Last night's episode of "Vice News" on HBO was entitled "Autism: Under the Lens." "Vice News"' Executive Producer (its only Executive Producer, apparently, in an age where it's more and more common for movie and TV credits to have long lists of Executive Producers for every show) is Bill Maher, well-known for advocating anti-vaccination positions. Anti-vaxxers have promoted the thoroughly-discredited notion that vaccines cause autism, as well as the notion, which I certainly hope is in decline or at least being re-examined by a significant amount of people, that autism is, in anti-vaxxer Jenny McCarthy's words, a "horrible disease." (And seriously, what's up with calling all of these shows "Vice" in the first place? "Vice," "Vice News," and a whole "Viceland" network. Surely I can't be the only one who finds the name ridiculous.)
And so I was pleasantly amazed that vaccines were not even mentioned once in the entire episode, and that -- along with some researchers and therapists specializing in autism who referred to autism as a disorder as if there where no debate about that, and who might be inclined to refer to the condition as a "horrible disease" -- significant air time was also given to the point of view sometimes referred to as neurodiversity, which considers us autistic people as not disabled, but just different, as atypical. At least one autistic person on the referred to achievements of his as being possible because of his autism and not in spite of it.
Is this evidence that Bill Maher, unlike some of his anti-vax and New Atheist pals, can learn? Maybe not. Maybe all it means is that Bill's position as Executive Producer of "Vice News" does not include him paying any attention to the show. I would like to think that Bill is learning, and becoming more sophisticated on topics on which he has been led astray.
My one major criticism of the episode was the weight given to the belief that autism is becoming more common. It's true that diagnoses of autism are becoming more common. But I myself feel that this could be entirely explained simply by the fact that diagnosis is getting better and becoming more widespread. The term "autistic" is barely 1 century old. As recently as the 1970's, the vast majority of people, including the majority of physicians, had still never heard of autism, let alone understanding it well or diagnosing it. People in general are still just beginning to learn about autism. So of course the diagnosis of autism is becoming more common. People who believe that autism is becoming more widespread, and that it is a horrible disease, say: Oh no, oh no, it's a plague. People like me, who think that autism is about as common as it has always been, and that what's changing is that we're understanding it better, think that things are getting better. Understanding is key, and it's definitely happening: neurologically-typical people are understanding autistic people better, and we autistic people are understanding the rest of the population better. It's not a plague, it's a healing. That's how I see it.
In any case, this episode of "Vice News," along with other things such as the 2016 Ben Affleck movie The Accountant, whose title character, played by Ben, has been described as "the first autistic superhero," gives me hope that Hollywood in general is getting smarter about autism. (And of course, just like anyone else who is opposed to actual plagues, like plagues of measles and influenza, I hope they're becoming better informed about vaccines too.) I don't know whether the Accountant actually is the first autistic superhero, and The Accountant, although not a bad movie at all, is far from the masterpiece that The Dark Knight is: it copies some of The Dark Knight's style in cinematography and editing and music and the back-and-forth chronology of the plot, without giving you the same level of thrills and chills as the Batman movie. The Accountant does have some very nice moments: the montage at the end with Sean Rowe singing "To Leave Something Behind," for example, should leave you pleasantly verklemmt whether you're autistic or not, I should think, if you've been watching carefully up until then.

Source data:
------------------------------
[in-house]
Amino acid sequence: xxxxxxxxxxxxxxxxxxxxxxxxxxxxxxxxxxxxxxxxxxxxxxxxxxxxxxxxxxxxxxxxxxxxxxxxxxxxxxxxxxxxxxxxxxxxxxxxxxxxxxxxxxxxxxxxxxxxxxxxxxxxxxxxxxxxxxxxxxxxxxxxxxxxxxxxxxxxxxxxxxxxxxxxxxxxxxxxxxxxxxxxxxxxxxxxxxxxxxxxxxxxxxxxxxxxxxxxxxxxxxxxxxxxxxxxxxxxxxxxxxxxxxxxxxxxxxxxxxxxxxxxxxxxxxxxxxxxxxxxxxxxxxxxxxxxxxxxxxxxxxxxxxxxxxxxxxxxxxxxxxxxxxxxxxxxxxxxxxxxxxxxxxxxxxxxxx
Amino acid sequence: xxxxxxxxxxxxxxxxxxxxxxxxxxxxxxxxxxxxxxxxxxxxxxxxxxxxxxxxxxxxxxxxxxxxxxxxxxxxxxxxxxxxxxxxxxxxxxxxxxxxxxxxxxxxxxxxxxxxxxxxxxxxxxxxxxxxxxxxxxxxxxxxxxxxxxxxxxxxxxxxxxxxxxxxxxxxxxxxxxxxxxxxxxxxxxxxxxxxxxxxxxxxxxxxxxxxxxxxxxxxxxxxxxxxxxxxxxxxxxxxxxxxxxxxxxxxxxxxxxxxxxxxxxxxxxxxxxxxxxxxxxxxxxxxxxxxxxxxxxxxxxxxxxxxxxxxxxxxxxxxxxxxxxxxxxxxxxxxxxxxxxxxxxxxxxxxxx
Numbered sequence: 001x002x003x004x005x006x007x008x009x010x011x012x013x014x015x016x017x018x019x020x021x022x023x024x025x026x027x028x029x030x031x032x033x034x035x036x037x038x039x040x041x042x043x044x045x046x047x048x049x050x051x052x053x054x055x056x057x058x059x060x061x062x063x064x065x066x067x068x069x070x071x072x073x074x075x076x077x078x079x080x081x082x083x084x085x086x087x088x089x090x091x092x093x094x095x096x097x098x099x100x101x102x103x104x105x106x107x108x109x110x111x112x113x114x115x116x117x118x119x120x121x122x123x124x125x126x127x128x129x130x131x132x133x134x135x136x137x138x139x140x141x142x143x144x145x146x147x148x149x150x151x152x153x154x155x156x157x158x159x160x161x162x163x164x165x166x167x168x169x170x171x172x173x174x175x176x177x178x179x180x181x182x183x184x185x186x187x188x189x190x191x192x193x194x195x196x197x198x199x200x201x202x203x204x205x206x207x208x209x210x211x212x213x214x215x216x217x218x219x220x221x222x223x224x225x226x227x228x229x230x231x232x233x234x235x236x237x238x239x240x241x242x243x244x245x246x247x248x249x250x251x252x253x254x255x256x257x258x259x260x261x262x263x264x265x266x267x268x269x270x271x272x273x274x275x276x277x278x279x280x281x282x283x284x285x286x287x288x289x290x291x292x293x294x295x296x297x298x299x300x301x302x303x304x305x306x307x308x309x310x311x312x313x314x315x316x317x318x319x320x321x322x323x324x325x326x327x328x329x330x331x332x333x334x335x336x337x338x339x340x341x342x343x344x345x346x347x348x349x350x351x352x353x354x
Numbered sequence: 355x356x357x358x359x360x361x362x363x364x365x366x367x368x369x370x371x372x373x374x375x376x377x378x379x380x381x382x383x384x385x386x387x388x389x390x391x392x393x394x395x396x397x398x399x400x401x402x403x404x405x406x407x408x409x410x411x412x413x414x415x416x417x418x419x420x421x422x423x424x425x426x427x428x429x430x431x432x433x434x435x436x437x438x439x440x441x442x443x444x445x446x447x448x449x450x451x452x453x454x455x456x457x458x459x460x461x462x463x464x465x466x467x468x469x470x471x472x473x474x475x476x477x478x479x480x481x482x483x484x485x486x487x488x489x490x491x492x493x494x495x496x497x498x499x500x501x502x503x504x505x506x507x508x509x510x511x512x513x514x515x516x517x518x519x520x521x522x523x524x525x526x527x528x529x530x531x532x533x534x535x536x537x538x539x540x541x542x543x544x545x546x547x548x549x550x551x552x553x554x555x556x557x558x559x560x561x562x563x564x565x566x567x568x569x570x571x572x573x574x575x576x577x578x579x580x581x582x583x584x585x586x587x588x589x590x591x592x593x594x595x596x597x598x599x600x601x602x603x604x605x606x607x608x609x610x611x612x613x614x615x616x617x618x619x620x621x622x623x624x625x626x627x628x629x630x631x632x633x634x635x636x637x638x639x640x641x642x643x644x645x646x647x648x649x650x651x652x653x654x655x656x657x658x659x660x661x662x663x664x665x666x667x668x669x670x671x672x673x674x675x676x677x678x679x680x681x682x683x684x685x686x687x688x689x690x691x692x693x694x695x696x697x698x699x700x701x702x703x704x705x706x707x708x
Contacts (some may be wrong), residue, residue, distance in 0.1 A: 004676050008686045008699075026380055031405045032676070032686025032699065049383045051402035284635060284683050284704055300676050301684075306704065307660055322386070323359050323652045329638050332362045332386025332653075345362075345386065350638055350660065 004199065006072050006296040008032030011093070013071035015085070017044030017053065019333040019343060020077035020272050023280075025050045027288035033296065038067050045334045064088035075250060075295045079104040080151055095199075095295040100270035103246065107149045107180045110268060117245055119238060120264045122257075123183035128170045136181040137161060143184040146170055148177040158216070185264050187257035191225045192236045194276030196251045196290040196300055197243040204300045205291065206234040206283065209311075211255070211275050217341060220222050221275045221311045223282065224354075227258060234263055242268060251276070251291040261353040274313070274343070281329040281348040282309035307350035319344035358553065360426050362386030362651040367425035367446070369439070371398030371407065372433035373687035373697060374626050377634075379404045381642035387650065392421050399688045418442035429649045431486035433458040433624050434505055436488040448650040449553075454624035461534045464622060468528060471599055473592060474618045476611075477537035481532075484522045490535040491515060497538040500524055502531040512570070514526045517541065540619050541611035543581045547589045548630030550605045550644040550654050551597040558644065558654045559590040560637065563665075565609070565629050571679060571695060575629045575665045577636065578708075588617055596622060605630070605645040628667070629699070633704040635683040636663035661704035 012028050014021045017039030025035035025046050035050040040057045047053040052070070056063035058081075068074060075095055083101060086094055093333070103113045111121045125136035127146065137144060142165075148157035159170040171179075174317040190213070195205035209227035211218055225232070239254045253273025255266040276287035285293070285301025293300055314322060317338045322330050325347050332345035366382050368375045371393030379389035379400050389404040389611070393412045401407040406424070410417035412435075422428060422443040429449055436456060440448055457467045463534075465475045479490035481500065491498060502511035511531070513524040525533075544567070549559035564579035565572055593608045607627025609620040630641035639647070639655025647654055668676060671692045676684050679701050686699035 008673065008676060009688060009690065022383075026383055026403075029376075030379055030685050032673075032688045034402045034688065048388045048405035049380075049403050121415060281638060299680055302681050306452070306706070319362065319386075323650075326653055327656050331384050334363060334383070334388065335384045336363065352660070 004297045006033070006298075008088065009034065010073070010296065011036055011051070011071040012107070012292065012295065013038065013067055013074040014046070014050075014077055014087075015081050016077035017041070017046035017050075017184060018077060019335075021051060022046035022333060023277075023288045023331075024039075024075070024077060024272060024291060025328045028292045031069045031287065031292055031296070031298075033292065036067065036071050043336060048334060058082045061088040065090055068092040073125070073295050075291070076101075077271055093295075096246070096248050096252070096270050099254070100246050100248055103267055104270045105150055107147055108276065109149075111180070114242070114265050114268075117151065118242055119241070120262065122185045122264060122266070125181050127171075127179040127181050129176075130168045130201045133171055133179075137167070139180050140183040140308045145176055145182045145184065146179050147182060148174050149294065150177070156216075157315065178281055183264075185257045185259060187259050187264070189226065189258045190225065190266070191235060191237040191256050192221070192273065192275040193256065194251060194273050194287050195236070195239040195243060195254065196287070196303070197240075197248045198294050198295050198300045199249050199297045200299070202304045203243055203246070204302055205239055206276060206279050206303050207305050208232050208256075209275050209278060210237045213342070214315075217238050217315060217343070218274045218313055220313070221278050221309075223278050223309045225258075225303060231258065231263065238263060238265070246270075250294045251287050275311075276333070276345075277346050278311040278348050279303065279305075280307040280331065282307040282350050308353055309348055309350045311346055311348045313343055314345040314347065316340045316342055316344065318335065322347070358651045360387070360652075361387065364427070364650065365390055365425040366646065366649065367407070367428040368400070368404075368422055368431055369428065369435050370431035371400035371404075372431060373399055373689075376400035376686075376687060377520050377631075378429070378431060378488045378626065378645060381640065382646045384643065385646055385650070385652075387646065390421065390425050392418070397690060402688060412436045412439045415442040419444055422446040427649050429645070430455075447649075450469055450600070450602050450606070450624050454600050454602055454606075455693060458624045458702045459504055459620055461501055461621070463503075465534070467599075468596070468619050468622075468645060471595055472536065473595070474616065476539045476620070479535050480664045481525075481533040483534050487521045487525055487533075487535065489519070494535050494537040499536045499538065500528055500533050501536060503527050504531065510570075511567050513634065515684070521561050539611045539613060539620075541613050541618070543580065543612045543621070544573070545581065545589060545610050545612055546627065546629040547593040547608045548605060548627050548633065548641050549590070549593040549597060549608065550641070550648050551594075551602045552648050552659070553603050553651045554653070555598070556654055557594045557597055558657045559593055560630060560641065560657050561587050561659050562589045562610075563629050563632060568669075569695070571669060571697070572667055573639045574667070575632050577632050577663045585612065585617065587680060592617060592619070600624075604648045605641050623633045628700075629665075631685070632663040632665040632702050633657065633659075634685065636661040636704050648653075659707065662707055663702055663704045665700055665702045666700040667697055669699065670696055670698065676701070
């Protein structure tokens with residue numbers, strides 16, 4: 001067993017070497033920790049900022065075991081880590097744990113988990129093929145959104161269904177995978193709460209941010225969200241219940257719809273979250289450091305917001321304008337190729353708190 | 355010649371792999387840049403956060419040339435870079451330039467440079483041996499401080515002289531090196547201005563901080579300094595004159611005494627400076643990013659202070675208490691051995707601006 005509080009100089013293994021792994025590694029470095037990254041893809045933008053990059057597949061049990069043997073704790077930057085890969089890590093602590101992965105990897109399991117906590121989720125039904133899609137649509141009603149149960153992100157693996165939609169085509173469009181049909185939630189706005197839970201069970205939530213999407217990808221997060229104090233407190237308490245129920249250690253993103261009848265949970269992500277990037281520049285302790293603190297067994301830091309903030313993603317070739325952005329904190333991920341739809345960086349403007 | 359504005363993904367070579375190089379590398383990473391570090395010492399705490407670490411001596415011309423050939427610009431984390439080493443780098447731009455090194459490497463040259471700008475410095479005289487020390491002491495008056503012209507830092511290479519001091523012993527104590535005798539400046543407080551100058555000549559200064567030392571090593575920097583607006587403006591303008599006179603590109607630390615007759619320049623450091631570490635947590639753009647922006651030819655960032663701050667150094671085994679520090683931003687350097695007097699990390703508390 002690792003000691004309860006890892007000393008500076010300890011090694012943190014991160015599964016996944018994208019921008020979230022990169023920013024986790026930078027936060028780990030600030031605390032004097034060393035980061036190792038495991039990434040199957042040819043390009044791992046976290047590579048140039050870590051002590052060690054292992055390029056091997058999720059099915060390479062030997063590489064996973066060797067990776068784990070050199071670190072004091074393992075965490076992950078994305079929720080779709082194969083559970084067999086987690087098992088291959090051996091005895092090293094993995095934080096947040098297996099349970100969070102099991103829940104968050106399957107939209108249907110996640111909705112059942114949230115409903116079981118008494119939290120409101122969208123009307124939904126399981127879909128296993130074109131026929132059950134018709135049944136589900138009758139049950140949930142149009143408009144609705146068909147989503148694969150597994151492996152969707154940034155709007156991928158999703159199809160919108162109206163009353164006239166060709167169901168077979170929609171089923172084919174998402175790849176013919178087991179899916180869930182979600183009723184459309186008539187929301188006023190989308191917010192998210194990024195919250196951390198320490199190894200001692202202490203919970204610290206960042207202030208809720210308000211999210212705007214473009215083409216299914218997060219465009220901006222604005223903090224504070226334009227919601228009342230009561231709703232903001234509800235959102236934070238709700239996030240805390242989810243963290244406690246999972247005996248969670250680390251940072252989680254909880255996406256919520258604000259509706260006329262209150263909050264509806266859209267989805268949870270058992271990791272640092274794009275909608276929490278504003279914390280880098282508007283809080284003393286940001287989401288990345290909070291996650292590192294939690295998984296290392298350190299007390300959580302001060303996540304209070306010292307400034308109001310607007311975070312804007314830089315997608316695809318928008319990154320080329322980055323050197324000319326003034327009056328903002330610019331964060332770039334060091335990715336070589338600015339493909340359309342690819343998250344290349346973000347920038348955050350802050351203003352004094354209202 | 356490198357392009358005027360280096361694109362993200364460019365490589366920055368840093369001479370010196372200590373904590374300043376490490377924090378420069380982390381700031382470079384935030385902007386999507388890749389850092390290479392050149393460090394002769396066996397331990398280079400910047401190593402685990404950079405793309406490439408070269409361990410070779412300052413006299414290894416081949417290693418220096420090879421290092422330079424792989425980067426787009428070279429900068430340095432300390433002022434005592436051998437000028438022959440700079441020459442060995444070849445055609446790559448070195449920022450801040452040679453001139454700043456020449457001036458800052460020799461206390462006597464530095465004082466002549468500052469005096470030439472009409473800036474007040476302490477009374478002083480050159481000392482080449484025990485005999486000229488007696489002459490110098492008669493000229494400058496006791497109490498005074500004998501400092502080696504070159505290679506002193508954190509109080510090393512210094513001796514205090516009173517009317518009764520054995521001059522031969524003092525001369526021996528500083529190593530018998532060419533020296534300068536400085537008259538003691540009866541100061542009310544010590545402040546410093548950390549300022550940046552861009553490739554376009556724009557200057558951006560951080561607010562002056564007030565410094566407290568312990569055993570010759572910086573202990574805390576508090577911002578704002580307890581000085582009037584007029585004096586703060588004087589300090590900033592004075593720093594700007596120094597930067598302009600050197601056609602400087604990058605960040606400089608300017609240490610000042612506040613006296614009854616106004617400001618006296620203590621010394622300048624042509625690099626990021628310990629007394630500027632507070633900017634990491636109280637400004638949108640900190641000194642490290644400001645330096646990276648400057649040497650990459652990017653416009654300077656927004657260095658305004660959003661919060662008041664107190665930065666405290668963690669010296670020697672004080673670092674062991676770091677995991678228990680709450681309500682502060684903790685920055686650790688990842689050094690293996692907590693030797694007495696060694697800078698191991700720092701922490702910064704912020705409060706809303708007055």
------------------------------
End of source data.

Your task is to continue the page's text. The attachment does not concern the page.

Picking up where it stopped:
Although the superhero stuff in The Accountant is occasionally somewhat silly, the movie is very smart and realistic about autism. It doesn't say that autism will make a child grow up to be a superhero: the superhero part has more to do with Affleck's character having been intensively trained in various martial arts all during his childhood, and then someone close to him having been murdered by the Mafia. But when it comes to the characteristics and behaviors of autistic people, The Accountant does a better job than any other movie or fictional TV show I've seen with the exceptions of Rain Man and Temple Grandin with Claire Danes in the title role. The real-life Temple Grandin was a technical consultant on Rain Man and the Claire Danes film. I haven't been able to find out yet whether she also worked on The Accountant. I didn't see her name in the credits. Maybe, at last, Hollywood can get portray autism realistically without Dr Grandin's help.
As far as I know, Ben Affleck has not been on Bill Maher's show "Real Time" since that particularly unpleasant (for Ben) episode in 2014, during which Sam Harris mocked Ben for asserting that Islamophobia exists and is related to racism. That was Ben's 7th appearance on the show, dating back to 2005.